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From issue: Trafficking and Transnational Crime (Spring 2010)

AQ Feature

Investment: The Middle East Comes to Latin America

China usually tops the list of new investors in Latin America—and with good reason. Roughly half of China’s $50 billion in overseas investments in 2008 went to the region. Between 2000 and 2008, Latin America-China trade—driven by Chinese interest in the region’s natural resources—grew tenfold to $142 billion.

But the attention focused on China has allowed another growing source of investment dollars in Latin America to go largely unnoticed: the Middle East.

Capital flows between the Middle East and Latin America are on the rise, paralleling the stepped-up diplomatic relations between the two regions. Like their Chinese counterparts, Middle Eastern investors are focused on securing access to raw materials such as iron, copper, agricultural land, and food crops. In 2008, total merchandise trade between the regions rose to $18.8 billion—more than triple the total in 2000—with $11.9 billion representing Middle East imports of Latin American goods.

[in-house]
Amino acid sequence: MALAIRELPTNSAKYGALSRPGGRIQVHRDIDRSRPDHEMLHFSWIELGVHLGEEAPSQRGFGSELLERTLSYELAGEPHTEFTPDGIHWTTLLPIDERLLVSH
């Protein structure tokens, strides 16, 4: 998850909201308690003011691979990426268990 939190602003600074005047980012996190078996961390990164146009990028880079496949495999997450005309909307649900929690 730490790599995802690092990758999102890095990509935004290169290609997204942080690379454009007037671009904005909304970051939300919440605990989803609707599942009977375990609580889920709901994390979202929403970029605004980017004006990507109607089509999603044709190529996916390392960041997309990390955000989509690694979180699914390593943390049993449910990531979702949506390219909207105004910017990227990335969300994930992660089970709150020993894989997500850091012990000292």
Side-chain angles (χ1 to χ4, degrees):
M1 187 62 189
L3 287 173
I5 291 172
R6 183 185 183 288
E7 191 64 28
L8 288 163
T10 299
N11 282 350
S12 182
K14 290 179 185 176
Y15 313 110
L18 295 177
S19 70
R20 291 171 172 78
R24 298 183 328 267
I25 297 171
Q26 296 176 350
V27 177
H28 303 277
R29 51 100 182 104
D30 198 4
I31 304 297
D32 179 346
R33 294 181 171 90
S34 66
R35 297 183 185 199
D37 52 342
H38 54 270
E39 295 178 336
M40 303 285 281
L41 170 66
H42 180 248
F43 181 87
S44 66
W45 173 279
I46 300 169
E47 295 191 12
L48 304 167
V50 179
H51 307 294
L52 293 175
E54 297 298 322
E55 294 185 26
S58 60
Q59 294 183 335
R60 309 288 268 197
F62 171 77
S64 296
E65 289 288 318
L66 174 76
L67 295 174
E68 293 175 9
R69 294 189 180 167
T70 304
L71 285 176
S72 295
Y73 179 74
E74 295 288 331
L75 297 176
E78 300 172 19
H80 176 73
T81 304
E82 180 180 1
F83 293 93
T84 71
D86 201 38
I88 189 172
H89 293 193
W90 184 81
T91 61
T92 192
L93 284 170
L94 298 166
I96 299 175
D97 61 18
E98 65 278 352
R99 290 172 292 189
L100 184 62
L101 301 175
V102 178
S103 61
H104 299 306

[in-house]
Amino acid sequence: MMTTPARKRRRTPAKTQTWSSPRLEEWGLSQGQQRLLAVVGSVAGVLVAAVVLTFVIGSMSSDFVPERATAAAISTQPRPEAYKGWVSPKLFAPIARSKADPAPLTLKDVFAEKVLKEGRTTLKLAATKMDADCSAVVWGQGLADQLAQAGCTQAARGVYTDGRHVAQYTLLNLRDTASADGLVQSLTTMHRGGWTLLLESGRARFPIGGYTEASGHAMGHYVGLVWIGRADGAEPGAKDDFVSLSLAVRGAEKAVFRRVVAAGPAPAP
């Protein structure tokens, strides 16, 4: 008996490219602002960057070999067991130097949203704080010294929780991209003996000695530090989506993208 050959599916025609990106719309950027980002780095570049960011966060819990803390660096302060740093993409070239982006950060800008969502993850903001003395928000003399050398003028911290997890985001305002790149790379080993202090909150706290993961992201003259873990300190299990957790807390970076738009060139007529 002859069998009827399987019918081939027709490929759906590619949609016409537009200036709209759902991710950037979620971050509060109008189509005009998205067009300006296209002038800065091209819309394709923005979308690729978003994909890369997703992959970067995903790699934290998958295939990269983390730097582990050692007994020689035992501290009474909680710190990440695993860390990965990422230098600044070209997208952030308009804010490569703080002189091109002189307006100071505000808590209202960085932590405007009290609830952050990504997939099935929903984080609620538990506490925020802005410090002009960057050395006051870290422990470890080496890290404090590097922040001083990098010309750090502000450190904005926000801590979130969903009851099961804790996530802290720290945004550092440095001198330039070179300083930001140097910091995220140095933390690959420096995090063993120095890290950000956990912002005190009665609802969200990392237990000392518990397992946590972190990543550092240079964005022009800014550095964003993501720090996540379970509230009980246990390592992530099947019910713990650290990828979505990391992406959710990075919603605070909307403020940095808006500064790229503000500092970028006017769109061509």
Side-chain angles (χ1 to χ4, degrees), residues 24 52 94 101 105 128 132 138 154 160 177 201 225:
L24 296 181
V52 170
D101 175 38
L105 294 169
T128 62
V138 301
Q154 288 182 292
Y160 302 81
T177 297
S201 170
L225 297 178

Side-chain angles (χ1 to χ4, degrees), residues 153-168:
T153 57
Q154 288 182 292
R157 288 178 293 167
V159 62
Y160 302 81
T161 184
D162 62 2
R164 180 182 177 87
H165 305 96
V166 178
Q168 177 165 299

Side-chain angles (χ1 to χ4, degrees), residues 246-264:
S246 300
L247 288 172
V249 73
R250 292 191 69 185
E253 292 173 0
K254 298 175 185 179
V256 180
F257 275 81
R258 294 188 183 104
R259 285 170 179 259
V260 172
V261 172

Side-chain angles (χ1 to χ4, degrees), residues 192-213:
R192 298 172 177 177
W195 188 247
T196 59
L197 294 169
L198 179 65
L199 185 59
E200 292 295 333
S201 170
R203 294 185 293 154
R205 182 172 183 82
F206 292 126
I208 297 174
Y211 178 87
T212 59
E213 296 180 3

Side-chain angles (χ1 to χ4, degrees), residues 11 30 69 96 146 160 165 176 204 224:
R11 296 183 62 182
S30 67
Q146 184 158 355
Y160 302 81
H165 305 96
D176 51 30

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Brazil is at the forefront of the ballooning Middle East merchandise trade, while at the same time, Brazilian companies are increasingly looking to the Middle East for capital. Trade between Brazil and all Arab countries (a larger group than just the Middle East) rose to $20.2 billion in 2008 (from $8 billion in 2004) with the United Arab Emirates (UAE) leading the way as Brazil’s major trading partner. In 2009, Abu Dhabi Investment Authority undertook construction of two towers in Rio de Janeiro, and the Emirates’ Aabar Investments invested $328 million in the initial public offering of Banco Santander of Brazil.

In a further sign of interest, Middle East-based trade organizations are registering in increasing numbers with Brazil’s Securities and Exchange Commission, a step that allows them to invest more easily in Brazilian public companies. In 2007, 12 new registrations were reported, compared to just one in 2001. The total number of registrants now stands at 26.